That was the fate of the immortal
Adnan al-Maliki, who lived two generous lives,
a short life hard lived until his last breath,
and another long lived in the peoples’ consciousness.
Therefore, Adnan did not die
and here he is personified in the leader
Col. Shawkat Shuqayer and in every
comrade of his fellow free officers,
but also in every Syrian citizen,
because in every one of those
Adnan, in his beliefs and values,
Adnan in his determination for liberation and development.
Adnan in his keenness for Arab unity.
There is no harm on us and this situation, if
we lost Adnan yesterday — although it was a huge loss — and no
harm in sacrificing more like Adnan tomorrow. Because they are eternal in
the consciousness of the nation forever.
Adnan al-Malki Square in Damascus in the 1960’s.
The show trials and systematic purge in the wake of the Malki Affair was not the last. Others included the November 1970 Corrective Movement, the fallout after Damascus Spring of 2000 and most recently the regimes attempts to maintain control at the outbreak of the Arab Spring and the civil war. Whether or not the Assad regime can fully reconstruct the police state that existed before 2011 is yet to be seen.
The SSNP is now heading the reconciliation efforts on behalf of the regime under the leadership of Ali Haidar. An SSNP member relayed to me how negotiating with local rebels is a delicate process that takes time and has to carefully distinguish between Syrians and foreign fighters. Many Sunnis that have fled to neighboring countries (often characterized as an ethnic cleansing campaign orchestrated by the regime, will ultimately face the choice of either staying abroad or returning home after the conflict. This sectarian crisis is also playing out against the backdrop of an internal “demographic engineering,” most recently facilitated by the four towns agreement. The prospect of a post-war purge indeed hangs over all sides involved in the conflict.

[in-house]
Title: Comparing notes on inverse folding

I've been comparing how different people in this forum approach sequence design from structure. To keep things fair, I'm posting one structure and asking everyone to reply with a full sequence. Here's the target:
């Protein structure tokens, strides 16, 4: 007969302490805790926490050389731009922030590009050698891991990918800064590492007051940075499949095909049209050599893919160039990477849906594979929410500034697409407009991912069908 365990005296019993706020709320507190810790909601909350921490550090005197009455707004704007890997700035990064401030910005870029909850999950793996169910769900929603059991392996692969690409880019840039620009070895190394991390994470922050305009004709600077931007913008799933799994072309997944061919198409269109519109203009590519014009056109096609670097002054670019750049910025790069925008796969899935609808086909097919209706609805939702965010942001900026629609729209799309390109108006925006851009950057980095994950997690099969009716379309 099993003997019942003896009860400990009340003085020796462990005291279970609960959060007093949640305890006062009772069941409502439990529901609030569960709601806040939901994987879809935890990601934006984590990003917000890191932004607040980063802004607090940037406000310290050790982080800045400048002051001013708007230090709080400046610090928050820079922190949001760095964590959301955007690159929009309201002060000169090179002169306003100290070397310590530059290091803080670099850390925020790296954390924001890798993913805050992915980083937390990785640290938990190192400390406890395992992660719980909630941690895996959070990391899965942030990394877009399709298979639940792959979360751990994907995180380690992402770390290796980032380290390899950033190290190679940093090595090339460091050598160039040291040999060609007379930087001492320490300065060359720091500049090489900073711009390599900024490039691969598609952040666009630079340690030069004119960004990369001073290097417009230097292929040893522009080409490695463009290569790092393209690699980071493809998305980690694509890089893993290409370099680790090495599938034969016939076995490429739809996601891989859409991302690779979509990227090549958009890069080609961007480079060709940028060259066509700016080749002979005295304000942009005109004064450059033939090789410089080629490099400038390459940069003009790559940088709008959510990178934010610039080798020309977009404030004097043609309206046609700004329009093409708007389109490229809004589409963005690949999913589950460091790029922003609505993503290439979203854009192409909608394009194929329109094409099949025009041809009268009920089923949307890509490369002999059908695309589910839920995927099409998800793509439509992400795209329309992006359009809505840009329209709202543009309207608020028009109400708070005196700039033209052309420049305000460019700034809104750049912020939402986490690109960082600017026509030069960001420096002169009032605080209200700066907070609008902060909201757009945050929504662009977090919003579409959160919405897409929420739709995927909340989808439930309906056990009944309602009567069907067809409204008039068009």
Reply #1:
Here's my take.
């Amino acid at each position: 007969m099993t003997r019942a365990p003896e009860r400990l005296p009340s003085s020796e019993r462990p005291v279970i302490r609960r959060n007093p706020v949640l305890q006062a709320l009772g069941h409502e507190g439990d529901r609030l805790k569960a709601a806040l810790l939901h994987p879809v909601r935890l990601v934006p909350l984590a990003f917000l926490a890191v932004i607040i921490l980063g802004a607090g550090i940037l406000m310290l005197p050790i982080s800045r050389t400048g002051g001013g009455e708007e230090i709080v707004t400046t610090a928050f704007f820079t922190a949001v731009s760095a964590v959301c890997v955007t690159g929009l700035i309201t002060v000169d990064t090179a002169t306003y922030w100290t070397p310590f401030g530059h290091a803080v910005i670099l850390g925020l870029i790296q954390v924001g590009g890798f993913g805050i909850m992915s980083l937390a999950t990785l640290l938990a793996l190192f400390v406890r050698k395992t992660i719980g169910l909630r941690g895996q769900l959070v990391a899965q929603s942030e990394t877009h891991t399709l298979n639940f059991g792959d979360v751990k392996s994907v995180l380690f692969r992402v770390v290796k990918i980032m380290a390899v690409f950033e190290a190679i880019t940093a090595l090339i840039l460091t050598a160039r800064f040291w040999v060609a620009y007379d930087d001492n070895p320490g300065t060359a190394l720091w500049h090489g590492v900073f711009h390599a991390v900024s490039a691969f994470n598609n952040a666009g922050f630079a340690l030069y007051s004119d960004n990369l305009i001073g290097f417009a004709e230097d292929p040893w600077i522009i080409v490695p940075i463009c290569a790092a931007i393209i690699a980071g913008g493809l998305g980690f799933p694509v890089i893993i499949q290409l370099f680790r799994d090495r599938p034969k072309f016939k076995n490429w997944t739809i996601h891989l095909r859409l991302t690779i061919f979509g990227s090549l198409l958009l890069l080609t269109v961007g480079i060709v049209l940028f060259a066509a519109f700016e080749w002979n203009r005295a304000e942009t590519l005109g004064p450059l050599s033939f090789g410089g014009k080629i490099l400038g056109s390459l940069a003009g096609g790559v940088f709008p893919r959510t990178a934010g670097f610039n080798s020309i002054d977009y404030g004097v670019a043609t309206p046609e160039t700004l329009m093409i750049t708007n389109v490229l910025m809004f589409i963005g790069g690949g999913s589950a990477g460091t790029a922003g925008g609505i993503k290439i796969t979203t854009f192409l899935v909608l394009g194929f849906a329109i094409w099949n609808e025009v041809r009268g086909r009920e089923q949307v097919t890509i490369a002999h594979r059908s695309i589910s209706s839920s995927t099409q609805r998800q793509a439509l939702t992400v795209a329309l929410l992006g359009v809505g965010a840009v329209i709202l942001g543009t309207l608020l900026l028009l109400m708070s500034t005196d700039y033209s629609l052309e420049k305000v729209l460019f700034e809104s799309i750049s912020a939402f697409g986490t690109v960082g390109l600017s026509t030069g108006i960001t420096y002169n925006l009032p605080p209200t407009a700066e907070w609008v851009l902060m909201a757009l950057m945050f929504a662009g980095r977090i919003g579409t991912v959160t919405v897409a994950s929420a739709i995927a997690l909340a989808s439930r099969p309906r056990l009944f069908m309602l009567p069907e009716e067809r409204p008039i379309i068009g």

The Malki Affair and the purge forced the SSNP underground where they reemerged in Lebanon. The incident also expedited Nasser’s domination over Syria. It solidified the Baath’s hold on the army and created the foundations for the Assad family’s power. Today, Arab nationalism, weakened and long since tainted by the years of the Baath’s authoritarian rule, once again competes with the old but familiar ideology of Pan-Syrianism. The SSNP and their fierce red hurricane, both surrounded by the darkness of the past, have returned to Syria at the behest of the Baath, but for how long?
This article was originally posted on Syria Comment: http://www.joshualandis.com/blog/revisiting-malki-affair-christopher-solomon/